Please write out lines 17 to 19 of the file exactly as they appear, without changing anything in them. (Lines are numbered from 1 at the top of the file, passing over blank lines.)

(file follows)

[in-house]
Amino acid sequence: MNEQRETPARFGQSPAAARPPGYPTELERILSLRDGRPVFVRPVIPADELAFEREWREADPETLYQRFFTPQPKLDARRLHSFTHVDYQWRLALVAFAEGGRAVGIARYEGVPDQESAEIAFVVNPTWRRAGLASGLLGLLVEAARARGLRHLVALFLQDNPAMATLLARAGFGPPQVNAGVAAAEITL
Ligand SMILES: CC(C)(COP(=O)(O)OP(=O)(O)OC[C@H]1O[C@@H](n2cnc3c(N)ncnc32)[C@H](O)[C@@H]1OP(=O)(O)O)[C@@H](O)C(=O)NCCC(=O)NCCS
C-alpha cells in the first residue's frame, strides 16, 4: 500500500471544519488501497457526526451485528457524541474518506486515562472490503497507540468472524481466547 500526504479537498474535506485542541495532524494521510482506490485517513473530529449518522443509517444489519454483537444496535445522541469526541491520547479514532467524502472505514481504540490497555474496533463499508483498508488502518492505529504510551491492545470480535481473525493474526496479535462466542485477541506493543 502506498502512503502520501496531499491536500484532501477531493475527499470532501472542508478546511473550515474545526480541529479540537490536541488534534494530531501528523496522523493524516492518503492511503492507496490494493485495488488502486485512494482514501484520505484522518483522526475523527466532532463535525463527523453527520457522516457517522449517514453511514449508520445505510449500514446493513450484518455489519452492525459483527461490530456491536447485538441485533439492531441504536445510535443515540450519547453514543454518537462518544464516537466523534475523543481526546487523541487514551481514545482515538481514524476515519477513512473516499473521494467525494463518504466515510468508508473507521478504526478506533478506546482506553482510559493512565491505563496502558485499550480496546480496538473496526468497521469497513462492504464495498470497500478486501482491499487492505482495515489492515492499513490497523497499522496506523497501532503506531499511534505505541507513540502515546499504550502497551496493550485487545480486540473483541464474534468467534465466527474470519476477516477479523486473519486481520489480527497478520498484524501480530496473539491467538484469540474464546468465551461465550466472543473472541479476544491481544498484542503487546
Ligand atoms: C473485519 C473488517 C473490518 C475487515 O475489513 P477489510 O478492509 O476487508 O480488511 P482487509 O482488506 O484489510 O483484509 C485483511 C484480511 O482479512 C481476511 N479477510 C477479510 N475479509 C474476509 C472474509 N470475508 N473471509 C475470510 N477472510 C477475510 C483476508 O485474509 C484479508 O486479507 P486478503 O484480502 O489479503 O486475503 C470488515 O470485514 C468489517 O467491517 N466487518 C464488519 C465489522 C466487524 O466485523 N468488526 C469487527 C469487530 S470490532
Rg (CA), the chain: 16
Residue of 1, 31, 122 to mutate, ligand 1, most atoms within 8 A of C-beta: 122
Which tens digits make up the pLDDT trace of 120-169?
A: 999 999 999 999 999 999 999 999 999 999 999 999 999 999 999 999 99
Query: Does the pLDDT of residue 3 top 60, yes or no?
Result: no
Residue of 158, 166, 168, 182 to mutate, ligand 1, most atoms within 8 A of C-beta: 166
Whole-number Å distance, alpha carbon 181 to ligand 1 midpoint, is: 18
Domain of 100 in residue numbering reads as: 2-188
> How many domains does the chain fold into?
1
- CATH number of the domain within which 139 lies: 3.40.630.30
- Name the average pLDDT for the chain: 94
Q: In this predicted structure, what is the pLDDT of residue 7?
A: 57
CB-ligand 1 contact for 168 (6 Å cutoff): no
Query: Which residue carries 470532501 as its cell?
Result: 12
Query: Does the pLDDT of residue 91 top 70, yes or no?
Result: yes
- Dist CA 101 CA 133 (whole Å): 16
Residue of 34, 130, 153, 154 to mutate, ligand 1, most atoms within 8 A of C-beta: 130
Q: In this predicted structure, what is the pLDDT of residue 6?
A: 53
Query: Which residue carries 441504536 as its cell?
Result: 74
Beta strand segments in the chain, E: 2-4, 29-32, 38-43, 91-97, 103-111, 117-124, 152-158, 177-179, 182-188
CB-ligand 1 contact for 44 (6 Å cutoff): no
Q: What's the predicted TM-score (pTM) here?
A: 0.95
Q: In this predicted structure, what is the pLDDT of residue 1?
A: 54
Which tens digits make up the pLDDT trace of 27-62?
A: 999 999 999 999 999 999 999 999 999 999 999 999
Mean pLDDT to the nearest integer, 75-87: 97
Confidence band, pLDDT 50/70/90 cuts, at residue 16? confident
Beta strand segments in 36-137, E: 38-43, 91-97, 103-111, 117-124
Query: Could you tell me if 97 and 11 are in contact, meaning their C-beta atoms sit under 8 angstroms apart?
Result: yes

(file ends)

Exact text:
- CATH number of the domain within which 139 lies: 3.40.630.30
- Name the average pLDDT for the chain: 94
Q: In this predicted structure, what is the pLDDT of residue 7?